Food Addiction, Emotional Eating, Or Both?

“A food addiction is when you regularly eat foods you know aren’t good for you, but you do so for the short term energy lift or comfort they provide.”



My life has been VERY stressful over the past few months… again. I’ve been working overtime for the past year juggling to balance work with being the sole caregiver for my elderly mom. Then in mid-June we began a “month from hell” with mom going by ambulance to the ER 4 times and a total of 20 days in the hospital. After each discharge she needed 24/7 care. It was a very intense time. After a long couple of months, we just celebrated her 97th birthday at our favorite local restaurant - her first social outing since it all happened. I breathed a small sigh of relief - YAY! However, two days later my son was in a motorcycle accident… and here I go again!

I really have tried to eat healthy during this time, but that’s just plain difficult to do when running from one thing to the next all day. Grabbing a sandwich or my nemesis, a latte and muffin became my frequent go to items. Still, as my son always says, “my “bad” diet is better than most people’s “good” one. But that, along with the stress, does what it always does - wreaks havoc with my gut. And for the past month or so, I’ve been experiencing a lot of pain and discomfort after eating and lack of sleep as a result. After a particularly bad episode that led to me having to take a sick day, I knew I NEEDED to make some drastic changes.

I’m now on day 3 of an elimination diet, and actually haven’t had any pain for 1 1/2 days. What a relief! I’ve been most diligent in not only abstaining from all of the nutritional “bandits”, but also preparing 3 perfectly balanced simple meals each day. So, I’m constantly finding myself at the grocery store or local produce stand and tempted to slip “just this once”. So far, so good…sigh…

I also feel amazing… so empowered. It feels like forever since I cleaned up my diet and I REALLY want to stay with it. One of the ways I support myself is to immerse myself in information about what I’m going through and, of course, share it with you!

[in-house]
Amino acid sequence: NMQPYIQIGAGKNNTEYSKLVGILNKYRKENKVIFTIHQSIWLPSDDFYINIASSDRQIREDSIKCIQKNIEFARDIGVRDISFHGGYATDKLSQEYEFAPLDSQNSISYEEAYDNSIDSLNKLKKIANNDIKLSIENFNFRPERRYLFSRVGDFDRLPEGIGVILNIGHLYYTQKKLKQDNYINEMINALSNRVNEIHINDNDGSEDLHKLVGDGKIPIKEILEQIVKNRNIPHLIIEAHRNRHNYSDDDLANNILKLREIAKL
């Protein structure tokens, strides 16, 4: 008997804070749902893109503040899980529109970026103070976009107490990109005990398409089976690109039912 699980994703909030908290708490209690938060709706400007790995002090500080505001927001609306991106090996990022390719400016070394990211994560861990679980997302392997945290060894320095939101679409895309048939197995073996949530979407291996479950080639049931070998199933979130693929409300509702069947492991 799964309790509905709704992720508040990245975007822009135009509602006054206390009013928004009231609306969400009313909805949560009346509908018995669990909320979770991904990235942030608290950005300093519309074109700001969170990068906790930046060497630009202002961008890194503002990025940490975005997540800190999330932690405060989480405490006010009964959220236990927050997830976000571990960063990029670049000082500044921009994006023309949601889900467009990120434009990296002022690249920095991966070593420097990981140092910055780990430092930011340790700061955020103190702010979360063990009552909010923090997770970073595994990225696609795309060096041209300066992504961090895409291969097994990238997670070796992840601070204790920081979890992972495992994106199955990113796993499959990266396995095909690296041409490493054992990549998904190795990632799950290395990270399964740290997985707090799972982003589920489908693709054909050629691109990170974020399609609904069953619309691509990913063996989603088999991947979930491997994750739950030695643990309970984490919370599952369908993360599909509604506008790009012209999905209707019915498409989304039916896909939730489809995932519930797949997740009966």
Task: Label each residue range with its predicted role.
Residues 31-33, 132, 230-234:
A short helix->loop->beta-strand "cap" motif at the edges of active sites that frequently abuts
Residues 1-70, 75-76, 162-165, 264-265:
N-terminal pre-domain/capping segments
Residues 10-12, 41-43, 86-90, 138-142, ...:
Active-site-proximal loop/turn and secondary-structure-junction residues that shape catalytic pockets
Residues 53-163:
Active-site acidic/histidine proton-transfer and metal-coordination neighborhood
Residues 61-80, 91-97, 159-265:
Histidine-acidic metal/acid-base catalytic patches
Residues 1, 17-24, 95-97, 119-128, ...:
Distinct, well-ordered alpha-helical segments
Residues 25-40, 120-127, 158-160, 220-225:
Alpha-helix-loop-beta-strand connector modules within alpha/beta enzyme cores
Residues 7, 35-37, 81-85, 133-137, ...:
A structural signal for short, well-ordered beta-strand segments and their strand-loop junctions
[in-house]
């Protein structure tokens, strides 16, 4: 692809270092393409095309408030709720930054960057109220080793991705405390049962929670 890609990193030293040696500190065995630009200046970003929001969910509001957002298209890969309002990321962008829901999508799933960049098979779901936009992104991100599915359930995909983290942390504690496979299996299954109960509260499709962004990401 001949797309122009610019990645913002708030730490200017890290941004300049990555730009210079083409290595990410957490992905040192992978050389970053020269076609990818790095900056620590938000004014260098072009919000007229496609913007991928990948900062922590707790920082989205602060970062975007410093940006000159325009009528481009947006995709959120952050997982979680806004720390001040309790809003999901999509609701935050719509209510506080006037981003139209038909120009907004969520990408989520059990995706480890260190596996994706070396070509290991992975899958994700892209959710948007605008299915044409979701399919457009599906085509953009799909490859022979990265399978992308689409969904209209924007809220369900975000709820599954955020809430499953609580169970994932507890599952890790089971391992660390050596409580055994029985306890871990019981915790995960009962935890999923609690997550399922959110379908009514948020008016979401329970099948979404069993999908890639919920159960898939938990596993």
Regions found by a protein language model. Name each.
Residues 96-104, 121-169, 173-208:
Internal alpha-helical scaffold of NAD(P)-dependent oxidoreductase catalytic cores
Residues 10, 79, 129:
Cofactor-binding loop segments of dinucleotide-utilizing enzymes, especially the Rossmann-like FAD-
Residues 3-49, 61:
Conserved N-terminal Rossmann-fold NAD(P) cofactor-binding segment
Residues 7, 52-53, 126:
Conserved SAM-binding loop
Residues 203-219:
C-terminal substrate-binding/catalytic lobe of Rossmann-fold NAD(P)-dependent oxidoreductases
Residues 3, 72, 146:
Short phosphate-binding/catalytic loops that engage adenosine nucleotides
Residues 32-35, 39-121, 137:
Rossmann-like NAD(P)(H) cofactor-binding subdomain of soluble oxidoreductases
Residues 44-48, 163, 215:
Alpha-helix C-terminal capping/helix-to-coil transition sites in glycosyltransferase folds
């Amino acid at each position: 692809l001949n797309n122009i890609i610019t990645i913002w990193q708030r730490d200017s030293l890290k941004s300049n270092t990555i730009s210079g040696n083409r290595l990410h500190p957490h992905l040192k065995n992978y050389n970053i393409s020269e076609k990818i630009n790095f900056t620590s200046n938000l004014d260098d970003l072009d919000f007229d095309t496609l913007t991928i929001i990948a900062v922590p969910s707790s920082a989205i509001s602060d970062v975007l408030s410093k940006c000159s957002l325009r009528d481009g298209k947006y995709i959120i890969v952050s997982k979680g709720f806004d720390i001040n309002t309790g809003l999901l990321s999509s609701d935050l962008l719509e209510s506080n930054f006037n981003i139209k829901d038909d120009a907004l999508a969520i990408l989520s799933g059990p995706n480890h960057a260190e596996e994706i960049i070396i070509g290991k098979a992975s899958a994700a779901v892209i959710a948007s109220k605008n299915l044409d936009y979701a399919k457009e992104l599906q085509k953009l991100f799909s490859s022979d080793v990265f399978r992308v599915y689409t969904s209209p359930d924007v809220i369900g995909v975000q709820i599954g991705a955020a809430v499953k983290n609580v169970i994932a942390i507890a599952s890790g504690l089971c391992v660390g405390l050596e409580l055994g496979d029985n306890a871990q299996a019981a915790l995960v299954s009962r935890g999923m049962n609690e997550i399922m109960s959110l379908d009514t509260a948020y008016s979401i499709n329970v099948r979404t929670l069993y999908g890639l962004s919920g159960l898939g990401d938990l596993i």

Sugar has been found to be more addictive than cocaine, and coffee, wheat, and dairy are also foods that I return to. While I find myself craving these foods for energy or to make myself feel better (even if only briefly), I’m beginning to think that the “addiction” isn’t so much about the nature of the food, but rather my addiction to “over-doing”. Here’s why…

Research now shows that rats who have been in isolation and compulsive users of addictive drugs (like morphine and cocaine) stopped their heavy use when taken out of isolation and put into a “rat park” with colored balls, tunnels to play in, great food, and plenty of other rats. While all the rats who were alone and unhappy became heavy drug users, none of the rats who had a happy environment did. These studies suggest that a very large factor in addiction is lack of emotional connection and pleasure. Both of these tend to take a back seat when I have an over-whelming to-do list! Anybody with me?

Dietician Lauren Fowler in her article, Why Emotional Eating Is Often A Cry For Pleasure, shares that with a packed day of clients she took only a quick break to grab some lunch and check email rather than taking the time for her usual walk outside. While she loves working with people, as an introvert, her energy was drained at the end of the day. She stopped by the store on the way home to pick up a few groceries and ended up buying a bad of chocolate covered almonds and ate the whole thing.

This story really resonates with me…only for me it’s working on massage clients, caring for my mom, or spending hours working on the computer or a project without stopping. I KNOW I need to support myself with regular balanced nutrition and regular breaks to exercise, connect with family and friends, play with my kitty, or even just breathe…but I let that slide too often because of all there is I “need” to get done.


“Emotional eating is a response to something missing in our lives. You fill yourself up with food because you’re bored, lonely, sad, guilty, feeling shame, or even happy. When you don’t allow yourself enough pleasure or connection in your life, your body reacts. It knows it’s missing something, so it pops the chocolate craving. Or shopping. Or alcohol. It’s not always food. We all have our own way of dealing with things.”

– Lauren Fowler


Fowler suggests that rather than judging or shaming ourselves (which I often find myself doing), that we explore the situation – to get curious about what need or desire we’re trying to fill and address it. For me, I find my triggers are wanting short term energy to keep going, dealing with stress, or just feeling like I deserve a “treat”.  Going forward, I am committed to take time to check in and ask myself what I REALLY want and need in this moment. Wish my luck!


Happy, Healthy Living!



JoAnn Newton is a Holistic Nutrition Educator and Master Massage Therapist with a private practice in Graton, CA.

Passionate about helping people transform their health through holistic nutrition, she facilitates a 23 day online Nutritional E-Cleanse Program with coaching, compassion, and humor.